6. Discover the Satisfaction Factor
The site says that when you eat what you really want, in an inviting and conducive setting, you will get a pleasure so powerful, you will feel content and satisfied. This reminds of when I went for sushi during my work lunch breaks with my best friend, Sorrel. We ordered our favourite drinks, ate our favourite sushi, felt full and that was only half the amount we could scoff down today. This theory says a lot. I wonder though if you are in an environment you don’t quite like, say work, even home or somewhere else. Do you make this an enjoyable area? Not eat there at all? I guess I might make sure I am interrupted for that time and eat my food in peace and happiness.
7. Honor Your Feelings Without Using Food
You know how you may comfort and distract yourself with food? I know I do. But now, we need to look at different outlets for those situations that don’t involve us stuffing food in our mouths. Feel depressed? Take a walk, write in your journal, watch a show, visit a friend, but don’t medicate with food. Find an outlet that will benefit you or make you happy. Food is not there for emotions but is there for our enjoyment and nourishment. We need to learn to work through our emotions instead of feeding them- which only makes them pop back up again. If you have the means, I would say look for a counsellor or therapist to help you with those emotions.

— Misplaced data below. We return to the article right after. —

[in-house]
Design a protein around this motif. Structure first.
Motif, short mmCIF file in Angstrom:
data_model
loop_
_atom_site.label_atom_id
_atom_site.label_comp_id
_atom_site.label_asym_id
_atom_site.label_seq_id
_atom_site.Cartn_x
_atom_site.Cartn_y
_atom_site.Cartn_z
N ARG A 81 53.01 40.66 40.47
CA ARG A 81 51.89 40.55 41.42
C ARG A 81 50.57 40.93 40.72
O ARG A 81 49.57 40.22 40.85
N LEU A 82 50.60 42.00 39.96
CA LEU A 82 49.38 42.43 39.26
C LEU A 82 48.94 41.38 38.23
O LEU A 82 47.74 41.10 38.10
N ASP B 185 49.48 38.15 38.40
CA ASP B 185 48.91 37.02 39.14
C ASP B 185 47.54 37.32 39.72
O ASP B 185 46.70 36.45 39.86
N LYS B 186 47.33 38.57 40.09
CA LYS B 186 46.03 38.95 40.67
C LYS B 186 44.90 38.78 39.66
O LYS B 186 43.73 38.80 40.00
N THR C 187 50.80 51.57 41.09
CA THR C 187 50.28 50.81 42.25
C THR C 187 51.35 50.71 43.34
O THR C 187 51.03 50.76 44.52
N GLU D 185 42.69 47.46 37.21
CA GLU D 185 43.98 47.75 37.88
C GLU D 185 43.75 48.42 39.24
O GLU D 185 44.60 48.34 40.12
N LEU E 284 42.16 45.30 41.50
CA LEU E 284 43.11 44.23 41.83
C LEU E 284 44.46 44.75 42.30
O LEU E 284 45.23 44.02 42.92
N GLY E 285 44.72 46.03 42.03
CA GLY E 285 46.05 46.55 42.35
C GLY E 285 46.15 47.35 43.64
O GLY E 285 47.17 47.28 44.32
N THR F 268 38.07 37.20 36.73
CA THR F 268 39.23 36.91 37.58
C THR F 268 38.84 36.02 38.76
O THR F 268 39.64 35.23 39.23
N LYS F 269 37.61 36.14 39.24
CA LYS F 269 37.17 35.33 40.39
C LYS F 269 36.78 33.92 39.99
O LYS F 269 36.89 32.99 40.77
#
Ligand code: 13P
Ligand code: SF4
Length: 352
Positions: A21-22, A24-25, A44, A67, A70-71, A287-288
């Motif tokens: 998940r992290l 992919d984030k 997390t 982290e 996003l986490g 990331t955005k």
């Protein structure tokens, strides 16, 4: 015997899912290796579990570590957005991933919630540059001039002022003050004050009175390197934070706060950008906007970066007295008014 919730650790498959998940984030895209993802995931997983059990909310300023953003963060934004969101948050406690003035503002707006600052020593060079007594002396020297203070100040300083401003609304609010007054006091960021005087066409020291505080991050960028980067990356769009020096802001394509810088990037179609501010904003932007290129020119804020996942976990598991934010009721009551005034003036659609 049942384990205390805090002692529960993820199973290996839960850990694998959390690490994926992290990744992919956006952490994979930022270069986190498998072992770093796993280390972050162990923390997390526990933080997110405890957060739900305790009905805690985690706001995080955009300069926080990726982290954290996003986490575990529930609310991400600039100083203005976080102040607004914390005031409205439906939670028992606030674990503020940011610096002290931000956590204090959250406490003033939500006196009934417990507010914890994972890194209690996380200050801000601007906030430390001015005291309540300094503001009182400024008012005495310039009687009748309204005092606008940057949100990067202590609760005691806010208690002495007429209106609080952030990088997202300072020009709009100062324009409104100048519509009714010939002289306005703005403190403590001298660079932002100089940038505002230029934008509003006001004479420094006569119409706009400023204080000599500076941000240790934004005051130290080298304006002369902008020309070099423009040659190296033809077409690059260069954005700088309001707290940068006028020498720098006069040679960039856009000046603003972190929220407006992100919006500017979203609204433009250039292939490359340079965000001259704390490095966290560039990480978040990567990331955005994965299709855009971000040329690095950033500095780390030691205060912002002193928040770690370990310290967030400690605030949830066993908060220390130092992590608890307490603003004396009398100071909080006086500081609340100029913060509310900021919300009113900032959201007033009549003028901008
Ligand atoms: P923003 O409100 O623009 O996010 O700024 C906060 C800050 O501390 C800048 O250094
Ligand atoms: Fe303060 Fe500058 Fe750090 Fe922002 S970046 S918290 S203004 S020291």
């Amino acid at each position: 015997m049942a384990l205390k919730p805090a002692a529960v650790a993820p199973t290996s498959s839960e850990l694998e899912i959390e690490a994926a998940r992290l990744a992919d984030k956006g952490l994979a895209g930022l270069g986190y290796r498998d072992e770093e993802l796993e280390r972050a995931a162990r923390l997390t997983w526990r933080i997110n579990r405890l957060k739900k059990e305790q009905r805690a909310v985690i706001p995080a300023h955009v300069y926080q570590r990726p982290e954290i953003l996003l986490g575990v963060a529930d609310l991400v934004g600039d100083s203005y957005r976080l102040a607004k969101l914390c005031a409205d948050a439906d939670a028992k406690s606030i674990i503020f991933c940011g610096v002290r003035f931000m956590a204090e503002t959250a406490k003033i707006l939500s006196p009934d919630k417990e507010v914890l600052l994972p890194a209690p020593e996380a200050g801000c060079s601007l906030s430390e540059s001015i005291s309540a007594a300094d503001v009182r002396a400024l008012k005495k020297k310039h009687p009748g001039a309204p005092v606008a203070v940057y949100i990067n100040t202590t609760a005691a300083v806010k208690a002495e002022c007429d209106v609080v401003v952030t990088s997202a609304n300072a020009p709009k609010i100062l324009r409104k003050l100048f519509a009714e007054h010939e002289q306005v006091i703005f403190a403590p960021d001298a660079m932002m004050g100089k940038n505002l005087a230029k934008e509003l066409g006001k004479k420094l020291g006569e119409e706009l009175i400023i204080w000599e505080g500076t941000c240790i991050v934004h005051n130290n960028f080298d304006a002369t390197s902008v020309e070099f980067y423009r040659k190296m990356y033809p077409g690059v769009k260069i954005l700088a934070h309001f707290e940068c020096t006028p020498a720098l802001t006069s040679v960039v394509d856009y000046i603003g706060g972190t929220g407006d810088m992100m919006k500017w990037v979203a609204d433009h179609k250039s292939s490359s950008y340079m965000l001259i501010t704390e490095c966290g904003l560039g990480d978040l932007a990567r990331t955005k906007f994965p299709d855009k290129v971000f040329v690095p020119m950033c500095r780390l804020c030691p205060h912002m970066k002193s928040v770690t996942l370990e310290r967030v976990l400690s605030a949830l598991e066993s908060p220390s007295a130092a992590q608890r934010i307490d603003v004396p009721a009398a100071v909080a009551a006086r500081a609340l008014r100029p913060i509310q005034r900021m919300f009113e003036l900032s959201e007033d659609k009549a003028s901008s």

To me, food can feel like a drug. It gives me a temporary high, and when that’s gone, I am left to the same feelings. This principle makes a hell of a lot of sense to me.
8. Respect Your Body
‘Accept your genetic blueprint’ the site says. I am pear shaped. I have a butt that could twerk if I tried. My legs offer no thigh gap and I gain weight on my lower half first. This is my genetic blueprint. I know I won’t look like Kate Moss, circa the 90’s. I cannot expect myself to. And you cannot expect to look like something you aren’t. You are you, and that is perfect. But the site says to respect your body to feel better about who YOU are. This sounds like self-acceptance to me. I’m for it. I order to reject any and all aspects of diet mentality, we need to respect and accept ourselves.
9. Exercise—Feel the Difference
I also cringed here… I don’t always like exercise, but I will say that when I did it just for me, I felt good. It’s not about strict, militant exercise or burning calories but feeling a difference and allowing your body to MOVE. This motivates you to get up and go. You have only been thinking of how exercise makes you feel (energised, happy, limber) instead of the results from exercising.
10. Honour Your Health
Even though we don’t need to eat a perfect diet, as we have learned, we do need to have some gentle nutrition. Some veg, some fruit, water etc. This is all a part of health. You can snack, eat a favourite meal- that won’t hurt you! What you eat over time matters towards your health and we need to start making the healthy choices every so often.
I am not, and I repeat, not an expert on Intuitive Eating. I will research more about it, and who it may not wok for. I’m going to give this a shot and see what results I yield. When I say this, I don’t mean weight loss or gain, I just mean happiness- because that’s what I want and hope for myself and others.
What about Intuitive Eating do you want to know more about?